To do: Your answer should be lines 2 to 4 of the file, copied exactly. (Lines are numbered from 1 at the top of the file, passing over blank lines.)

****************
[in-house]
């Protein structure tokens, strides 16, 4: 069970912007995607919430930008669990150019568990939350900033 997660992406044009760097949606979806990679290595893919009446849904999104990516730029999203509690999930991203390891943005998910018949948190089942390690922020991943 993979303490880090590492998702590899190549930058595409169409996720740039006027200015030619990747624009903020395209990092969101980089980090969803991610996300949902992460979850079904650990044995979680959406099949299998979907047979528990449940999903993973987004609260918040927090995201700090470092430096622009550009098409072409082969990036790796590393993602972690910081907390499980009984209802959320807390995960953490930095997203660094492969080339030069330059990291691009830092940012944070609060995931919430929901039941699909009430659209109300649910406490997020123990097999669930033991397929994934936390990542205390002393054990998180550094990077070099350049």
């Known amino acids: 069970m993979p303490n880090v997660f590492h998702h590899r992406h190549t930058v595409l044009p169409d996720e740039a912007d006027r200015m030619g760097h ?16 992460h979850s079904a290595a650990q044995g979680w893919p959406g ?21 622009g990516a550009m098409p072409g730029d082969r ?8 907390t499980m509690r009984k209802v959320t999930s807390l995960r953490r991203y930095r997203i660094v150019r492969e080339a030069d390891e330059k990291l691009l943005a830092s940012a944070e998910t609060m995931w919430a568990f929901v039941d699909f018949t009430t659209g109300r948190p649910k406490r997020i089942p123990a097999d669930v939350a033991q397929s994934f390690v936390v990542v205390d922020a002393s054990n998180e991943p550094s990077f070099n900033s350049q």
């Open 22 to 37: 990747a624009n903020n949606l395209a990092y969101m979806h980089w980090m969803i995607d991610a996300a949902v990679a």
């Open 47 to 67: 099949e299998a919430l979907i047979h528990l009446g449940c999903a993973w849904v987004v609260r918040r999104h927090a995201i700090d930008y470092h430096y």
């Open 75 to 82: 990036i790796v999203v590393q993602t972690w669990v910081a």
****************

């Protein structure tokens, strides 16, 4: 069970912007995607919430930008669990150019568990939350900033 997660992406044009760097949606979806990679290595893919009446849904999104990516730029999203509690999930991203390891943005998910018949948190089942390690922020991943 993979303490880090590492998702590899190549930058595409169409996720740039006027200015030619990747624009903020395209990092969101980089980090969803991610996300949902992460979850079904650990044995979680959406099949299998979907047979528990449940999903993973987004609260918040927090995201700090470092430096622009550009098409072409082969990036790796590393993602972690910081907390499980009984209802959320807390995960953490930095997203660094492969080339030069330059990291691009830092940012944070609060995931919430929901039941699909009430659209109300649910406490997020123990097999669930033991397929994934936390990542205390002393054990998180550094990077070099350049």
């Known amino acids: 069970m993979p303490n880090v997660f590492h998702h590899r992406h190549t930058v595409l044009p169409d996720e740039a912007d006027r200015m030619g760097h ?16 992460h979850s079904a290595a650990q044995g979680w893919p959406g ?21 622009g990516a550009m098409p072409g730029d082969r ?8 907390t499980m509690r009984k209802v959320t999930s807390l995960r953490r991203y930095r997203i660094v150019r492969e080339a030069d390891e330059k990291l691009l943005a830092s940012a944070e998910t609060m995931w919430a568990f929901v039941d699909f018949t009430t659209g109300r948190p649910k406490r997020i089942p123990a097999d669930v939350a033991q397929s994934f390690v936390v990542v205390d922020a002393s054990n998180e991943p550094s990077f070099n900033s350049q």
């Open 22 to 37: 990747a624009n903020n949606l395209a990092y969101m979806h980089w980090m969803i995607d991610a996300a949902v990679a």